An Opening Night to Remember: Prokhorov Backs Team as Nets Blast Thunder
BOTTOM LINE: You know all those preseason predictions, the ones that have the Brooklyn Nets struggling to get out of the first round of the NBA playoffs, or possibly not even make the postseason?
Well, you can stick them in a used paper coffee cup and toss them in a street corner trash basket.
The season is just three games old but the Nets, now 2-1 after crushing the undermanned Oklahoma City Thunder, 116-85, have the look of a team that can make a lot of noise.
And man, was there noise in Barclays Center Monday night for the 2014-15 season opener.
Just before the crowd cheered the return of center Brook Lopez, the thunderous dunks by Mason Plumlee and the rainbow jumpers of Joe Johnson, owner Mikhail Prokhorov was making a statement (or two) of his own to the media.
“I stay committed to the championship," Prokhorov said. “I think if the stars align, we can do this.
“I think last year we have a couple of really bad injuries. We were not very lucky, but I think we were not the only team which suffered from the injury problem. What is good for us, I think, remains our organization that attracts great talent and great fans."
The fans saw a team that showed the Thunder no sympathy. Oklahoma City was without Kevin Durant and Russell Westbrook. But the core of this Nets team played much of last season without Lopez and Deron Williams.
Lopez had his 2013-14 season ended by a broken right foot. He suffered a mid-foot sprain in the team’s third preseason game and missed the first two games of the regular season.
Williams had surgery on both ankles after the season. He is moving with burst and purpose, leading with his play and voice.
This was a night Nets fans will look back on with pride.
The Empire State Building was lit up in the franchise’s edgy black and white colors.
The Nets' NBA All-Star logo was on the new herringbone court and the players wore the Nets’ All-Star patches on their warm-ups.
Yes, the All-Star 2015 Friday and Saturday night festivities will be held at Barclays Center on February 14 and 15.
By then, the experts might be having a Valentine’s Day love affair with the Nets. And those preseason predictions won’t be worth the price of leftover Halloween costumes.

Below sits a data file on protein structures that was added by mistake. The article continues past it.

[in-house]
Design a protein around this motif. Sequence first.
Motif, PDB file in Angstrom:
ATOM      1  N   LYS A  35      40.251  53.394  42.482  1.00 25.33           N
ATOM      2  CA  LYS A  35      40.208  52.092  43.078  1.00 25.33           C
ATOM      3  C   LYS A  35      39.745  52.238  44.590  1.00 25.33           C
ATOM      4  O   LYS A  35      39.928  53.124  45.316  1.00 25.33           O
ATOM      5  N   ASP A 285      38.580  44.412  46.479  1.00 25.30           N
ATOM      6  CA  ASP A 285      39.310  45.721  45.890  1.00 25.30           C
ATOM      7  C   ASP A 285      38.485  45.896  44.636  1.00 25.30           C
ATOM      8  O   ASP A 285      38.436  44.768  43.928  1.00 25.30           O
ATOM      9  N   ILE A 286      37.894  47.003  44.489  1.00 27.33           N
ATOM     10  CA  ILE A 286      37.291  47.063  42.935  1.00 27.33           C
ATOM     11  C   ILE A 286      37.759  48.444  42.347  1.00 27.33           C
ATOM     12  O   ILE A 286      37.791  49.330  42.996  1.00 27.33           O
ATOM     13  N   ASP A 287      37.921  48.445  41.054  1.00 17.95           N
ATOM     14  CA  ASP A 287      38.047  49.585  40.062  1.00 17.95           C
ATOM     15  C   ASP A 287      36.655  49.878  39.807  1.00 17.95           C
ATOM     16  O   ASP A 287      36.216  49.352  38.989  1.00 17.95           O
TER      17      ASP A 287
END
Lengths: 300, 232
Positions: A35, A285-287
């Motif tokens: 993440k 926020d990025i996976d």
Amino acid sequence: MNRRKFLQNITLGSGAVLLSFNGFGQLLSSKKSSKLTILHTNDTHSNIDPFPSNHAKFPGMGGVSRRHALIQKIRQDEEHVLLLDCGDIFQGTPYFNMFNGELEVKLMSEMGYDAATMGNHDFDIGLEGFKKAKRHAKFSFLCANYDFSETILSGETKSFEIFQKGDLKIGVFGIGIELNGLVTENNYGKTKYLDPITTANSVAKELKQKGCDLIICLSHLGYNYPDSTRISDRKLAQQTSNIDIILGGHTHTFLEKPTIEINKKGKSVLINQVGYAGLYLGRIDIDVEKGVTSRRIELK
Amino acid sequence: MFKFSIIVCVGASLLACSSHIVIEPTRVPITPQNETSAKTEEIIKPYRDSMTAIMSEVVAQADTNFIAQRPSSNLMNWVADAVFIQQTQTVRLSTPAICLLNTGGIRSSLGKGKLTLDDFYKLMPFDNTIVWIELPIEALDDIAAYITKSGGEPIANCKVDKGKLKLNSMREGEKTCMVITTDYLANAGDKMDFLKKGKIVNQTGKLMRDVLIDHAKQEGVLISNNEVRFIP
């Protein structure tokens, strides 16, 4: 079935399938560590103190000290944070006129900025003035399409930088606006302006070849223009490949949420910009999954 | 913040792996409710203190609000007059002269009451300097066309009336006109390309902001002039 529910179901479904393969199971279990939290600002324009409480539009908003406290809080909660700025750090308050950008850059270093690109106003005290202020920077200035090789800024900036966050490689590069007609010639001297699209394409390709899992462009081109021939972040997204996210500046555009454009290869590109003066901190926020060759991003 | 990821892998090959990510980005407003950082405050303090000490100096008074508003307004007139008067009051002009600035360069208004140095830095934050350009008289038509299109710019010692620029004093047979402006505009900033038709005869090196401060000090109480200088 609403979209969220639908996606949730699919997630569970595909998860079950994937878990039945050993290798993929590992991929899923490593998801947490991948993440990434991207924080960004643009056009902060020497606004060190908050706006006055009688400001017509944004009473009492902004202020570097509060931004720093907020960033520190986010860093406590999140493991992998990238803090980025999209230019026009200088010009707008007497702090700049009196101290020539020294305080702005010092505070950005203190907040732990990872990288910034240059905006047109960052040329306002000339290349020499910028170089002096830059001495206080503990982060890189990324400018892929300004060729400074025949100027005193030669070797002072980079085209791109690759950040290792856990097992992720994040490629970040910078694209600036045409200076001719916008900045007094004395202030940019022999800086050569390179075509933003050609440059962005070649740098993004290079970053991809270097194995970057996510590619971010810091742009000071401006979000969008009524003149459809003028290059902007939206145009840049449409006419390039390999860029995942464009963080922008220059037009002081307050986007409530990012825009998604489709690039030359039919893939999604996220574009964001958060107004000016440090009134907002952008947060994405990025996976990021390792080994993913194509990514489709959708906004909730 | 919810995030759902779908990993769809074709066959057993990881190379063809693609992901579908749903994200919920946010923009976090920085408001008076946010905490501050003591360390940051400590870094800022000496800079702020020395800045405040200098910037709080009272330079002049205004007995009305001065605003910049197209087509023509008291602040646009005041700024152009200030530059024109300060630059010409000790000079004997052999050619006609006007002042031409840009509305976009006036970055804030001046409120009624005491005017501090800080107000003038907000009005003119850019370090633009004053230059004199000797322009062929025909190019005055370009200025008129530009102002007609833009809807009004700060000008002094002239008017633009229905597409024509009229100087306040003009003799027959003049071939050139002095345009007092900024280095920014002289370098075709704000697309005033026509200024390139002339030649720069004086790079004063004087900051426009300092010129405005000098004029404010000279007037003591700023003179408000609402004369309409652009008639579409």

MERRY CHRISTMAS: Lopez hadn’t played in a regular season game since Dec. 20, 2013. On Sunday, when he got the green light to play against the Thunder, he said it felt like Christmas.
Lopez gave himself, and Nets fans, quite a present. He scored 18 points on 6-of-10 shooting from the field and 6 of 7 from the line. He grabbed six rebounds and blocked two shots.
“I can’t put it in words," Lopez said when asked how he felt to be back. “It was great to be back out there. I’ve missed it for a long time."
NETS' GAINS: Bojan Bogdanovic has struggled as he adjusts to the NBA game. But late in the first quarter, the 6-8 Bogdanovic drained a 3 from the wing, giving the Nets a 29-15 lead.
Bogdanovic had eight points in the first quarter on 3-of-5 shooting from the field, including 2 of 4 on 3s. Coming into the game, Bogie, as his teammates call him, had averaged 4.5 points on 30.8-percent shooting from the field and 16.7-percent on 3s.
He finished with 12 points on 5-of-10 shooting and a dose of confidence.
KEY PLAY: The Nets were in charge from start to finish, but one play gave fans a thrilling look at what could be.
Kevin Garnett got the ball at the high post with 2:43 left and fed Lopez down low for a thunderous dunk. Lopez was fouled and converted the three-point play. Not many teams have two players such as the 6-11 Garnett and 7-foot Lopez who can play the high-low game.
TALK: Prior to the game, Prokhorov was asked his thoughts on former coach Jason Kidd bolting the Nets for the Milwaukee Bucks after the season. Prokhorov gave the final OK on giving Kidd his first head-coaching job on any level.
“I think there is a nice proverb in English: ‘Don’t let the door hit you where the good lord split you,’" said Prokhorov. “So, like I think each side did what we thought was the best, and I like what we have now."